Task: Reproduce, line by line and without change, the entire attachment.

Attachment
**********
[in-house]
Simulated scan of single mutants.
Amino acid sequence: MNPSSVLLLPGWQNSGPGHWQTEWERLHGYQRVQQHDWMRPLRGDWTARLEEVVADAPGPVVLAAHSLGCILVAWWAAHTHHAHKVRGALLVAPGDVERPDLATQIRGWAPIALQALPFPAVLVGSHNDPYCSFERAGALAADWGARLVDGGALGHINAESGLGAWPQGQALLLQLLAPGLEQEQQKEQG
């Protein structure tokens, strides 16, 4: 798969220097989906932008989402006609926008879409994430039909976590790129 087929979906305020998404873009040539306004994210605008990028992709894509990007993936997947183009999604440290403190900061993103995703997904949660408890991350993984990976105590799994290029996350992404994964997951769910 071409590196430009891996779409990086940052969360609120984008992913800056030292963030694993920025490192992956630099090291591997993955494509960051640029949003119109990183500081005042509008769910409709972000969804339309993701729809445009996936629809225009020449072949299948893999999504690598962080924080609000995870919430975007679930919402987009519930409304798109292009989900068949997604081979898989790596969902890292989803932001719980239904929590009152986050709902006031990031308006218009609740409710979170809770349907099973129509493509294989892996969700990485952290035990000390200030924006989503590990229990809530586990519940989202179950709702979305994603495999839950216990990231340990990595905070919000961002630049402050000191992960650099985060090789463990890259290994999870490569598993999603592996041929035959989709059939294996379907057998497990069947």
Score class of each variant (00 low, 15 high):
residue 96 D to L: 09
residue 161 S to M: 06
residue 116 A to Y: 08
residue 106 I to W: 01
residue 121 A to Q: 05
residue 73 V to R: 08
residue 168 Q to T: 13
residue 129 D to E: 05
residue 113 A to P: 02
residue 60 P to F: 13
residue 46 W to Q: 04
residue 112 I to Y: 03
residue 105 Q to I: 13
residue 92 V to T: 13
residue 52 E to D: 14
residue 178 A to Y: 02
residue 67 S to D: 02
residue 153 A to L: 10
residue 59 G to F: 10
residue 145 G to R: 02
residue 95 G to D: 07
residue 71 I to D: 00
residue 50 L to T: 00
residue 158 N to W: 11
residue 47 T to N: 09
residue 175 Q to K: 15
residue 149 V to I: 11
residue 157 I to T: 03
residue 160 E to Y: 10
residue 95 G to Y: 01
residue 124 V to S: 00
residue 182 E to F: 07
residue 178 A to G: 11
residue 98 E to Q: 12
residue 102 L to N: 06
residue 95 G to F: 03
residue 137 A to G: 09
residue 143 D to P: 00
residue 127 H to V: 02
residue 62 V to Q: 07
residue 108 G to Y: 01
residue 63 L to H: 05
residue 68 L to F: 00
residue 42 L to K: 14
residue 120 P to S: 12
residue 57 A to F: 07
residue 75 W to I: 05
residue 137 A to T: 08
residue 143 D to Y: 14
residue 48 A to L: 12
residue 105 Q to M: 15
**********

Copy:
[in-house]
Simulated scan of single mutants.
Amino acid sequence: MNPSSVLLLPGWQNSGPGHWQTEWERLHGYQRVQQHDWMRPLRGDWTARLEEVVADAPGPVVLAAHSLGCILVAWWAAHTHHAHKVRGALLVAPGDVERPDLATQIRGWAPIALQALPFPAVLVGSHNDPYCSFERAGALAADWGARLVDGGALGHINAESGLGAWPQGQALLLQLLAPGLEQEQQKEQG
């Protein structure tokens, strides 16, 4: 798969220097989906932008989402006609926008879409994430039909976590790129 087929979906305020998404873009040539306004994210605008990028992709894509990007993936997947183009999604440290403190900061993103995703997904949660408890991350993984990976105590799994290029996350992404994964997951769910 071409590196430009891996779409990086940052969360609120984008992913800056030292963030694993920025490192992956630099090291591997993955494509960051640029949003119109990183500081005042509008769910409709972000969804339309993701729809445009996936629809225009020449072949299948893999999504690598962080924080609000995870919430975007679930919402987009519930409304798109292009989900068949997604081979898989790596969902890292989803932001719980239904929590009152986050709902006031990031308006218009609740409710979170809770349907099973129509493509294989892996969700990485952290035990000390200030924006989503590990229990809530586990519940989202179950709702979305994603495999839950216990990231340990990595905070919000961002630049402050000191992960650099985060090789463990890259290994999870490569598993999603592996041929035959989709059939294996379907057998497990069947």
Score class of each variant (00 low, 15 high):
residue 96 D to L: 09
residue 161 S to M: 06
residue 116 A to Y: 08
residue 106 I to W: 01
residue 121 A to Q: 05
residue 73 V to R: 08
residue 168 Q to T: 13
residue 129 D to E: 05
residue 113 A to P: 02
residue 60 P to F: 13
residue 46 W to Q: 04
residue 112 I to Y: 03
residue 105 Q to I: 13
residue 92 V to T: 13
residue 52 E to D: 14
residue 178 A to Y: 02
residue 67 S to D: 02
residue 153 A to L: 10
residue 59 G to F: 10
residue 145 G to R: 02
residue 95 G to D: 07
residue 71 I to D: 00
residue 50 L to T: 00
residue 158 N to W: 11
residue 47 T to N: 09
residue 175 Q to K: 15
residue 149 V to I: 11
residue 157 I to T: 03
residue 160 E to Y: 10
residue 95 G to Y: 01
residue 124 V to S: 00
residue 182 E to F: 07
residue 178 A to G: 11
residue 98 E to Q: 12
residue 102 L to N: 06
residue 95 G to F: 03
residue 137 A to G: 09
residue 143 D to P: 00
residue 127 H to V: 02
residue 62 V to Q: 07
residue 108 G to Y: 01
residue 63 L to H: 05
residue 68 L to F: 00
residue 42 L to K: 14
residue 120 P to S: 12
residue 57 A to F: 07
residue 75 W to I: 05
residue 137 A to T: 08
residue 143 D to Y: 14
residue 48 A to L: 12
residue 105 Q to M: 15